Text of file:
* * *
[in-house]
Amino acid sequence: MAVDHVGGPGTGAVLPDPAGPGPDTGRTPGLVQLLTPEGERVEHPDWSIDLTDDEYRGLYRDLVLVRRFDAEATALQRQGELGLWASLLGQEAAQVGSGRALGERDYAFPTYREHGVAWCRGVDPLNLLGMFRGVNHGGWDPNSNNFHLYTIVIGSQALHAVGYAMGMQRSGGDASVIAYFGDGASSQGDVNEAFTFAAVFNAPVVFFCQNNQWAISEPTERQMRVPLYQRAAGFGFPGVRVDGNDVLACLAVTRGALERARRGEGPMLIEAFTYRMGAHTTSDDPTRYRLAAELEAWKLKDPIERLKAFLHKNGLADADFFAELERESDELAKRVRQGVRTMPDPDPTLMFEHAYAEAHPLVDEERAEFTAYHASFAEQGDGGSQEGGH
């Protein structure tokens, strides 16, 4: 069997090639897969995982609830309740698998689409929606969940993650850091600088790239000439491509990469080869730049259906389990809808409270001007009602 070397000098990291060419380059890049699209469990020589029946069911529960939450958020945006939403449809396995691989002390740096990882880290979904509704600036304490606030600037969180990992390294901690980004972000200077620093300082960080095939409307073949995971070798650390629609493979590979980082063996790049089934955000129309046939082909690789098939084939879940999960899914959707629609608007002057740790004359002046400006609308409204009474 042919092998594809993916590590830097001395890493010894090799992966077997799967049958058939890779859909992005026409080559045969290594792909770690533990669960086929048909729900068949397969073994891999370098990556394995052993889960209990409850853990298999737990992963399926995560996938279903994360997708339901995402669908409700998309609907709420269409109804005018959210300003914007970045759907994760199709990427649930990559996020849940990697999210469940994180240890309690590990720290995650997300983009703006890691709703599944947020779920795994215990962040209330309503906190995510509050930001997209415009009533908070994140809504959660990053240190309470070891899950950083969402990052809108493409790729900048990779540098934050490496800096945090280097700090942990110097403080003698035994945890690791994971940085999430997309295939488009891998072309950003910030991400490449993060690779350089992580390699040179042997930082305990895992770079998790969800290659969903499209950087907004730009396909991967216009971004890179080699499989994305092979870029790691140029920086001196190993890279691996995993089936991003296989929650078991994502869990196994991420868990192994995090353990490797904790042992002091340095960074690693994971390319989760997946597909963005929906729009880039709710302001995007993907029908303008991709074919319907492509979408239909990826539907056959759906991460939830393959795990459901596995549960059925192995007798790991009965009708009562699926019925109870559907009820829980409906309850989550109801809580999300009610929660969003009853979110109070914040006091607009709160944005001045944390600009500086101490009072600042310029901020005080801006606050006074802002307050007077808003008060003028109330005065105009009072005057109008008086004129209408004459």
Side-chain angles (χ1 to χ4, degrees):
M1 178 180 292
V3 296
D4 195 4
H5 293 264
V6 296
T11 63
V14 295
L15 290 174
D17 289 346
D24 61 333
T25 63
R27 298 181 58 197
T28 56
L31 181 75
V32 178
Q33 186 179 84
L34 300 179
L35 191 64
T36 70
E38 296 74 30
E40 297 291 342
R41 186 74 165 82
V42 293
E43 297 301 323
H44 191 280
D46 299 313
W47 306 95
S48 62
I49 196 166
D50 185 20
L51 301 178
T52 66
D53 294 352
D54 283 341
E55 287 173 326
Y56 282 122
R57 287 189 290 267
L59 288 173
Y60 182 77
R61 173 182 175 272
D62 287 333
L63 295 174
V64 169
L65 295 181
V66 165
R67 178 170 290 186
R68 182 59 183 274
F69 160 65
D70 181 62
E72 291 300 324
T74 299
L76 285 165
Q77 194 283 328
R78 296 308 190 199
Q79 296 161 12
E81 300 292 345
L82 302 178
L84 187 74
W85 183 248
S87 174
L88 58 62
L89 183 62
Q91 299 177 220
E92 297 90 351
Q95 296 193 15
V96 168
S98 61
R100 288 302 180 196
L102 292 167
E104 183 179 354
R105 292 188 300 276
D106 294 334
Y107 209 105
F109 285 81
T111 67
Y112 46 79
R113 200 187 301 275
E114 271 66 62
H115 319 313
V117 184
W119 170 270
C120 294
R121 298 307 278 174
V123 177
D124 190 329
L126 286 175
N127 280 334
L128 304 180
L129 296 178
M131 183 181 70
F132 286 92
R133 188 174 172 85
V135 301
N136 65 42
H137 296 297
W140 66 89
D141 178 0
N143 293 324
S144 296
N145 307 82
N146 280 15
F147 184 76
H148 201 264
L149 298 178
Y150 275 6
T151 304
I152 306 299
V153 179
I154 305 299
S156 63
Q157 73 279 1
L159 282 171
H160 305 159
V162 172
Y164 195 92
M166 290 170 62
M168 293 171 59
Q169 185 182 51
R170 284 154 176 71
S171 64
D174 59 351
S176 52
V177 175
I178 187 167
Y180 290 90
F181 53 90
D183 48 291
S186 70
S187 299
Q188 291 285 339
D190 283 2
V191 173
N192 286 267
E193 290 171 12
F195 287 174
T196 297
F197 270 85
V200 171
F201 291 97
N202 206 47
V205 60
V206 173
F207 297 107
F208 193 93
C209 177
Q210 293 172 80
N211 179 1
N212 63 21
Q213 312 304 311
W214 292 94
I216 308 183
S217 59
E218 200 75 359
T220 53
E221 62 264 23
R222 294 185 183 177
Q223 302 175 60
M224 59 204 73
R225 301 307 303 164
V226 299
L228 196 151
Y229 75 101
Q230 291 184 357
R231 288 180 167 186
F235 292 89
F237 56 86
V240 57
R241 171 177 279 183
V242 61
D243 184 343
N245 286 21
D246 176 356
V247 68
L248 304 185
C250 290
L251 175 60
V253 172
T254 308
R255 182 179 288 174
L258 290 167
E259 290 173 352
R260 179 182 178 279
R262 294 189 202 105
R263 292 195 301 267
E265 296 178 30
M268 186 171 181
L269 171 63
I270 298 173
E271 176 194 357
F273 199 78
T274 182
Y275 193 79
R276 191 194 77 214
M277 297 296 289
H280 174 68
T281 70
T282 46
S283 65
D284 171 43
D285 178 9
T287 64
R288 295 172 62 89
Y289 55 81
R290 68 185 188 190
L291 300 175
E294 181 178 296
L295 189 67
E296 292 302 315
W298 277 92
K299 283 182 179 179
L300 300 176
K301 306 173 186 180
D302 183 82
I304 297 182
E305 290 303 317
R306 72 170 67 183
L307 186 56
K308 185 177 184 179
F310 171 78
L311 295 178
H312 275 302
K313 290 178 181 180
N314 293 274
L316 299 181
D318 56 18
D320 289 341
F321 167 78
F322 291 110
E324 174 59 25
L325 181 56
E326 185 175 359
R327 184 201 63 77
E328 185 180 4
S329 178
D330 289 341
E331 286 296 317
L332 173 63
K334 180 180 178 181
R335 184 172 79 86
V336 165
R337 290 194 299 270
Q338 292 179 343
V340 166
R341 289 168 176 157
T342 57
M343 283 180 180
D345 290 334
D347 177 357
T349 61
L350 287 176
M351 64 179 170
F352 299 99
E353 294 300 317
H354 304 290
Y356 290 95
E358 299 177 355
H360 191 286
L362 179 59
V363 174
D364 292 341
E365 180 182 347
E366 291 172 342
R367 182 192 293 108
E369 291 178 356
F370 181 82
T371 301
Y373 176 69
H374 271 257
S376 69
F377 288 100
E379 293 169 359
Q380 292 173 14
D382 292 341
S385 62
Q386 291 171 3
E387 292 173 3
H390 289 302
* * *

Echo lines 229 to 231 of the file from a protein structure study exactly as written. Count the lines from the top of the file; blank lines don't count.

D318 56 18
D320 289 341
F321 167 78